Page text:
- Do not leave vehicles containing radioactive goods unattended, unless locked in a safe and secure location. In addition, the vehicle should be fitted with a suitable alarm system, which should be set whenever the vehicle is left unattended.
- No person other than the driver and their assistant(s) may travel in a vehicle carrying radioactive material.
- Remove any vehicle placards immediately after the packages have been unloaded.
Breakdowns and accidents while carrying radioactive material packages
If the following information is attached to the dangerous goods declaration, it will satisfy the requirement of the Dangerous Goods Rule for emergency response information.
- In all cases priority should be given to treating any people injured as a result of an accident.
- If there is definitely no damage to the radioactive load, no special action is necessary beyond making appropriate arrangements to complete the journey as soon as possible.
- If there is, or might be, damage to the radioactive load, proceed as follows.
- Inform the Fire Service (111) and the Ministry of Health’s emergency contact (021 393 632) of the accident. State the number of radioactive packages being carried, and quote the transport index and name(s) of radioisotope(s) as detailed on the Shipper’s Declaration.
- Keep yourself and others away from, and avoid handling, any radioactive material packages.
- Advise the emergency services and breakdown crews in attendance that the vehicle in question has radioactive material on board.
- If you have touched a damaged package or objects near it, wash your hands thoroughly and have yourself checked for possible contamination before you leave the scene.
- Do not eat, drink or smoke, or leave until checked for possible contamination.
- Note any vehicles involved in the accident – the vehicles should remain at the accident site until cleared by the police or a competent person.
- Observe any instructions given on the Shipper’s Declaration.
- Type B(U) and B(M) – expected to survive severe accidents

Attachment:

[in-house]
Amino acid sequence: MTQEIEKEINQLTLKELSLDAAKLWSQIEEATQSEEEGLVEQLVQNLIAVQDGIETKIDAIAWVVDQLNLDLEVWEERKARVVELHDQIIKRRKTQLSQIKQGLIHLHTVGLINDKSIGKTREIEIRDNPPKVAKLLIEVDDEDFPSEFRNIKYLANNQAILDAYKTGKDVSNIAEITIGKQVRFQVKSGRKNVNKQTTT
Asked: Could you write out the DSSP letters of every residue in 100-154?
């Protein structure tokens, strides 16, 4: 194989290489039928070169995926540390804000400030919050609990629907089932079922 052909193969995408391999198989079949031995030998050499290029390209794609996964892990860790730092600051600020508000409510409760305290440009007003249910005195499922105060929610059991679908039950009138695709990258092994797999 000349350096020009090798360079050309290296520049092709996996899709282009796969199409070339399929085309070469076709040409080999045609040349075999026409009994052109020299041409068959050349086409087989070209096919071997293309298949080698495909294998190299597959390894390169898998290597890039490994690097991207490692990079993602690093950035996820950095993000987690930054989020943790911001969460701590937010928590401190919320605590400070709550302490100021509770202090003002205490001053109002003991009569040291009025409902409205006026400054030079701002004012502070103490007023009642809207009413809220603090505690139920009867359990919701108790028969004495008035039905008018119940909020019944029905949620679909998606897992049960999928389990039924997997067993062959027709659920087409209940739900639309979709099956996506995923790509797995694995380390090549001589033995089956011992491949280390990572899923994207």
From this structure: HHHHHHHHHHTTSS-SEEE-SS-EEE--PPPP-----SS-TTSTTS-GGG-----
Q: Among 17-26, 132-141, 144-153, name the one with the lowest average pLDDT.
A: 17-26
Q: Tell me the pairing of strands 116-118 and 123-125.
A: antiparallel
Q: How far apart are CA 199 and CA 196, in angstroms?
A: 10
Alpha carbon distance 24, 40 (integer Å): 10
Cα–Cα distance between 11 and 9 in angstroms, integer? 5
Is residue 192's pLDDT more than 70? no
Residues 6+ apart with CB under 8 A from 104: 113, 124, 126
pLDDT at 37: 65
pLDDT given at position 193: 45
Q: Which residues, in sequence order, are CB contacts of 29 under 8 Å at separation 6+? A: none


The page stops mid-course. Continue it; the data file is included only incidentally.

- Type A and Industrial (IP-1 / IP-2 / IP-3) – expected to survive minor accidents
- Excepted – not expected to survive accidents
Excepted packages are empty packages that have contained radioactive material, or packages that contain radioactive material in limited quantities or in instruments or manufactured articles, as specified in the IAEA Regulations. They are designed to withstand normal handling conditions during transport, but not accident situations.
The radioactive content permitted in excepted packages is very limited so that in the event of the package being damaged, the radiological hazard is minimal.
The packaging for excepted packages must be designed to meet IAEA requirements and be marked with the UN number. A transport document (consignment note) is also required and must also include the UN number. However, the Office of Radiation Safety considers that, provided they comply with these requirements, excepted packages are not a significant risk during transport. Consequently, in accordance with 1.2 (3) of the Dangerous Goods Rule, the Office of Radiation Safety has declared that excepted packages complying with IAEA requirements do not need to be transported as dangerous goods on land in NZ.
This means that:
- vehicles do not have to display placards
- a Shipper’s Declaration is not required
- drivers do not require an Office of Radiation Safety licence or a dangerous goods endorsement on their driver licence.
|Category||Transport index1||Maximum radiation level anywhere on external surface|
|II||Over 0 up to 1||0.5 mSv/h|
|III||Over 1 up to 10||2 mSv/h|
|III3||Over 10||10 mSv/h|
- The transport index is a single number assigned to a package containing radioactive material, and is derived from the maximum dose rate at one metre from the package.
- If the measured transport index is 0.05 or less then the quoted value may be zero.
- Goods with a transport index greater than 10 may only be transported on an individual basis with the prior written authorisation of the Office of Radiation Safety.
Category I (White Label)
Category II (Yellow Label)
Category III (Yellow Label)
- Minimum dimensions shall be as shown, except when the design of the vehicle or the load does not allow this. If so, the placard must be as large as practicable so that the nature of the load can be readily identified from a distance of 25 metres in daylight.
- When different dimensions are used the relative proportions must be maintained.
- The number ‘7’ shall not be less than 25 mm high.
- The use of the word ‘RADIOACTIVE’ in the bottom half is optional and the placard may alternatively display the appropriate United Nations number for the consignment.
In emergency please contact the Fire Service (111) and the Ministry of Health’s emergency contact (021 393 632)
- New Zealand Police
- Land Transport New Zealand
- Ministry of Health.